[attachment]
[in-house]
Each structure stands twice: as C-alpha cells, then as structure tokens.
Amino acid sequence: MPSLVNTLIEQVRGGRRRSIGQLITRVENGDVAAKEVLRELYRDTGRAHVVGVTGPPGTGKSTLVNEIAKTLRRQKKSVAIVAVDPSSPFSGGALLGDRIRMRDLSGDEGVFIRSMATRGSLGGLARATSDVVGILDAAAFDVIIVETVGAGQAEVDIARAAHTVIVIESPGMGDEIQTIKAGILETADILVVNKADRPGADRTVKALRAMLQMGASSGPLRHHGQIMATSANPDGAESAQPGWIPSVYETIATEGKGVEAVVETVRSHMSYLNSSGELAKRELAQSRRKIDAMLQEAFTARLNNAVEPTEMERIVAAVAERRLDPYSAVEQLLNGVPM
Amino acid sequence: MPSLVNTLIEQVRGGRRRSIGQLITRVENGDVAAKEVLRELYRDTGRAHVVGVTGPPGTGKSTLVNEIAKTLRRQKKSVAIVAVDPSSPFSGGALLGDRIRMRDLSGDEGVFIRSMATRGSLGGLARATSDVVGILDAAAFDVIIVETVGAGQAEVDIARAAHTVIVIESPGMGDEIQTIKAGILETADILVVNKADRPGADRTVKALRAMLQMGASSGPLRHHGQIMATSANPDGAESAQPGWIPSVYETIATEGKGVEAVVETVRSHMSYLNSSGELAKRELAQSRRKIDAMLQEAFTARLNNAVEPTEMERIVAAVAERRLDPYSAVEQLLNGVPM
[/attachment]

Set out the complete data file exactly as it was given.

[in-house]
Each structure stands twice: as C-alpha cells, then as structure tokens.
Amino acid sequence: MPSLVNTLIEQVRGGRRRSIGQLITRVENGDVAAKEVLRELYRDTGRAHVVGVTGPPGTGKSTLVNEIAKTLRRQKKSVAIVAVDPSSPFSGGALLGDRIRMRDLSGDEGVFIRSMATRGSLGGLARATSDVVGILDAAAFDVIIVETVGAGQAEVDIARAAHTVIVIESPGMGDEIQTIKAGILETADILVVNKADRPGADRTVKALRAMLQMGASSGPLRHHGQIMATSANPDGAESAQPGWIPSVYETIATEGKGVEAVVETVRSHMSYLNSSGELAKRELAQSRRKIDAMLQEAFTARLNNAVEPTEMERIVAAVAERRLDPYSAVEQLLNGVPM
Amino acid sequence: MPSLVNTLIEQVRGGRRRSIGQLITRVENGDVAAKEVLRELYRDTGRAHVVGVTGPPGTGKSTLVNEIAKTLRRQKKSVAIVAVDPSSPFSGGALLGDRIRMRDLSGDEGVFIRSMATRGSLGGLARATSDVVGILDAAAFDVIIVETVGAGQAEVDIARAAHTVIVIESPGMGDEIQTIKAGILETADILVVNKADRPGADRTVKALRAMLQMGASSGPLRHHGQIMATSANPDGAESAQPGWIPSVYETIATEGKGVEAVVETVRSHMSYLNSSGELAKRELAQSRRKIDAMLQEAFTARLNNAVEPTEMERIVAAVAERRLDPYSAVEQLLNGVPM